In Angle, full-time Coxswain Lewis does his work at the station in the morning, then goes to work from home to allow Mechanic Adam Stringer to do his thing safely in the afternoon.

The crew assemble outside for shouts and socially distanced training exercises. New signage advises on a one-way route around the station, and where to find sanitiser. The usual sounds of chat and tea-making have fallen silent. And in the kit room, you can smell the disinfectant.

Volunteers at West Kirby clean their lifeboat with special care

Photo: David Edwards

Volunteers at West Kirby clean their lifeboat with special care

Cleaning boats

Like you, RNLI crews have always hosed down their lifeboats after going to sea as – even before Covid-19 – it was a hostile environment, with harsh salt and potential contaminants from injured casualties.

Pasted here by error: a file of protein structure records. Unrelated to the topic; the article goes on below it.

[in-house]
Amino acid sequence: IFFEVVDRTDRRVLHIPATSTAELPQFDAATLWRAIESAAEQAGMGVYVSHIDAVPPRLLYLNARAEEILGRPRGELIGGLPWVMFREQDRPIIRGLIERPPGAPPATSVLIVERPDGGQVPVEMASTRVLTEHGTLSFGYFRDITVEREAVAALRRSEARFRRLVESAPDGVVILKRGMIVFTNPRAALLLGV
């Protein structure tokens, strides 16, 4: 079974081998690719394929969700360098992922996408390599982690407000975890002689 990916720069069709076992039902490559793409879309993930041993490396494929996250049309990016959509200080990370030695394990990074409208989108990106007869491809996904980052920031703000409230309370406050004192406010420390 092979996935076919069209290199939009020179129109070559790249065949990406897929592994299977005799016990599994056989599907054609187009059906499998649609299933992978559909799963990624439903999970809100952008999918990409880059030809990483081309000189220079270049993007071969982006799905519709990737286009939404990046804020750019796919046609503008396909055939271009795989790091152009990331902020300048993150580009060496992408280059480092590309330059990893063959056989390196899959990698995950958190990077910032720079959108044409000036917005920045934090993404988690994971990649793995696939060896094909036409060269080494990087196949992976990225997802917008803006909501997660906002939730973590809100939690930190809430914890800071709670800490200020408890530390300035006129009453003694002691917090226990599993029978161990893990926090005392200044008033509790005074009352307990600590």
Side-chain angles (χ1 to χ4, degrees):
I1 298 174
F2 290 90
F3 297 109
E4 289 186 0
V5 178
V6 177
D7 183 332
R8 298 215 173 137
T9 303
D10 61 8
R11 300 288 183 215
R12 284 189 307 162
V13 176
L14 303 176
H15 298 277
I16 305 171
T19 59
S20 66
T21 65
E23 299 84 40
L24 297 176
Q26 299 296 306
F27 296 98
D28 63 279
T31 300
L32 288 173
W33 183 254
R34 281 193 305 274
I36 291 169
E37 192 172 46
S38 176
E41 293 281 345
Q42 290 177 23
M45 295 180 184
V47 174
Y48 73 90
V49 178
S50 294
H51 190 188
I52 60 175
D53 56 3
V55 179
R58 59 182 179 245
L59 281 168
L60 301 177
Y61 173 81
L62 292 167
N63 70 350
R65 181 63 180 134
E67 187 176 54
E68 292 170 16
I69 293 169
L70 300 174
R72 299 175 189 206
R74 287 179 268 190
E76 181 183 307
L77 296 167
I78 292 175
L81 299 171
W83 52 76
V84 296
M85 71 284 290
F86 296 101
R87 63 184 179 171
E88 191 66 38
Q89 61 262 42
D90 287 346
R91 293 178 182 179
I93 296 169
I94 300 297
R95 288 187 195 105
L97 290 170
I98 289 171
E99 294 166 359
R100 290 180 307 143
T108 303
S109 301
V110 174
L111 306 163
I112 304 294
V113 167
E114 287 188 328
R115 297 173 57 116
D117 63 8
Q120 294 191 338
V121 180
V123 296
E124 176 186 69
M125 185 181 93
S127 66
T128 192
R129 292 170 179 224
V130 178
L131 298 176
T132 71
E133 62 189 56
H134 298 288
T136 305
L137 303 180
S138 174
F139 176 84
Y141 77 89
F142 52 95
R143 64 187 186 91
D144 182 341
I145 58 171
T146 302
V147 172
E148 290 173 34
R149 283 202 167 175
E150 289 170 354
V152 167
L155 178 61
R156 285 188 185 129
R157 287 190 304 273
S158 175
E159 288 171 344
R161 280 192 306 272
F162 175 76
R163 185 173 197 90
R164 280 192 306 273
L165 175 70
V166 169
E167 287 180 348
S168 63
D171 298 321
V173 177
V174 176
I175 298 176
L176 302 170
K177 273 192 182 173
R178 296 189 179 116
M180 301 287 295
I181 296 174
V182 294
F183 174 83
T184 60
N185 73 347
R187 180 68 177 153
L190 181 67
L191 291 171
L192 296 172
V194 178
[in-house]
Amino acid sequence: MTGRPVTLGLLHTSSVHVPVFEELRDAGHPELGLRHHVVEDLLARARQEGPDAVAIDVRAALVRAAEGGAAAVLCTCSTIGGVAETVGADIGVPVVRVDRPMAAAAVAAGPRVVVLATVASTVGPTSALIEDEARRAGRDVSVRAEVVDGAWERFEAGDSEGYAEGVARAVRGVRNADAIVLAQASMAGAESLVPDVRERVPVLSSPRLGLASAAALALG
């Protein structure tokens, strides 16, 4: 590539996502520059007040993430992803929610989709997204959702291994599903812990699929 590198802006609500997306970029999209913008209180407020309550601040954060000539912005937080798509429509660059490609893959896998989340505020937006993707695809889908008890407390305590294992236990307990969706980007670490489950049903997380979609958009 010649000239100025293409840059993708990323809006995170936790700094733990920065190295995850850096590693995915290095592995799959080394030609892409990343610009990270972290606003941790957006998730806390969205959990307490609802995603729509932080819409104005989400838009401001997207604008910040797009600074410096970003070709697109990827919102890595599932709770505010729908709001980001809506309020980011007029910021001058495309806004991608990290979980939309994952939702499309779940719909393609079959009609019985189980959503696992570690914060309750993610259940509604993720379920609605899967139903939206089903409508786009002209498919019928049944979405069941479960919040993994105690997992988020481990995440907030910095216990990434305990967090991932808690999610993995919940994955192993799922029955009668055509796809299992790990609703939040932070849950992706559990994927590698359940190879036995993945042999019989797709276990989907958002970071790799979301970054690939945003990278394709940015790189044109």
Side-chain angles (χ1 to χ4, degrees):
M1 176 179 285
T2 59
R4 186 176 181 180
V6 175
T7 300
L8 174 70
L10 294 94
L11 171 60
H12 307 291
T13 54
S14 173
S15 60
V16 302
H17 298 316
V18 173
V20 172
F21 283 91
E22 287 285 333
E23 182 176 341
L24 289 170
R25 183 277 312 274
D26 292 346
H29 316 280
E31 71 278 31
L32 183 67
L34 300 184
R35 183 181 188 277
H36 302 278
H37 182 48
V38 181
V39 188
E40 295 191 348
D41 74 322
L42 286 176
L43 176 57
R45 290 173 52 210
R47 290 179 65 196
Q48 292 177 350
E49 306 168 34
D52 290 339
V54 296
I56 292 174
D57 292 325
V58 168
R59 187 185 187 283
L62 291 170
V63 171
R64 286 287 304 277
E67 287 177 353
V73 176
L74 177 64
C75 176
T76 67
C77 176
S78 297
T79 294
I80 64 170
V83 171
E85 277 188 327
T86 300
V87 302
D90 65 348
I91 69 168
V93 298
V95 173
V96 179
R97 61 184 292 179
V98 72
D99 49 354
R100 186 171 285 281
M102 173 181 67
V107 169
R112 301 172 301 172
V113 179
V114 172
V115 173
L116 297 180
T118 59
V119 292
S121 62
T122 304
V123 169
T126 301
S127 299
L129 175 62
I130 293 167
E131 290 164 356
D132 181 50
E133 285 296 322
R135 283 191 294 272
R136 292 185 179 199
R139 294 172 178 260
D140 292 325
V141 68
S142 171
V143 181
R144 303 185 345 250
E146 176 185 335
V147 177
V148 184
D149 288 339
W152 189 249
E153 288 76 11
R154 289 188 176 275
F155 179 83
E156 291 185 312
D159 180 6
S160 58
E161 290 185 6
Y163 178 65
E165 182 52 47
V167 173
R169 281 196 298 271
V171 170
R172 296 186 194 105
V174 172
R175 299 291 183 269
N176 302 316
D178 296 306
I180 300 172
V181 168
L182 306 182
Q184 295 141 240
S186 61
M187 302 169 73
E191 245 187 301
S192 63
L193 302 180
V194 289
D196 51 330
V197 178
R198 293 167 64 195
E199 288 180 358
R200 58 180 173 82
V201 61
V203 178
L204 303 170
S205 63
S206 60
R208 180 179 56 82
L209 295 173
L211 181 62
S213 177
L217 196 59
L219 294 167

These days, crews also use disinfectant wipes on areas of the boat that have been contaminated with bodily fluids or have come into contact with casualties, and frequent touch points like touch screens door handles and tracker balls.

Our boats are tough, but every boat is different. If you’ve got beautiful teak decking, for example, you’ll need to be very careful that your disinfectant doesn’t damage the surface. Check the manufacturer’s labels on any new products you buy to protect yourself and your boating family.

Your safety

The RYA and the RNLI advise you to consider:

  • whether your activity complies with government regulations for social distancing and travel
  • whether your vessel has been maintained properly and is seaworthy, reducing the risk of needing external assistance
  • whether all emergency equipment is in working order and the crew know how to use it
  • using the RYA SafeTrx app, which can monitor your journey and can alert emergency services, if needed
  • anything else that may increase the potential demand on emergency services, including experience levels and prevailing conditions.

Keep an eye on for the latest updates.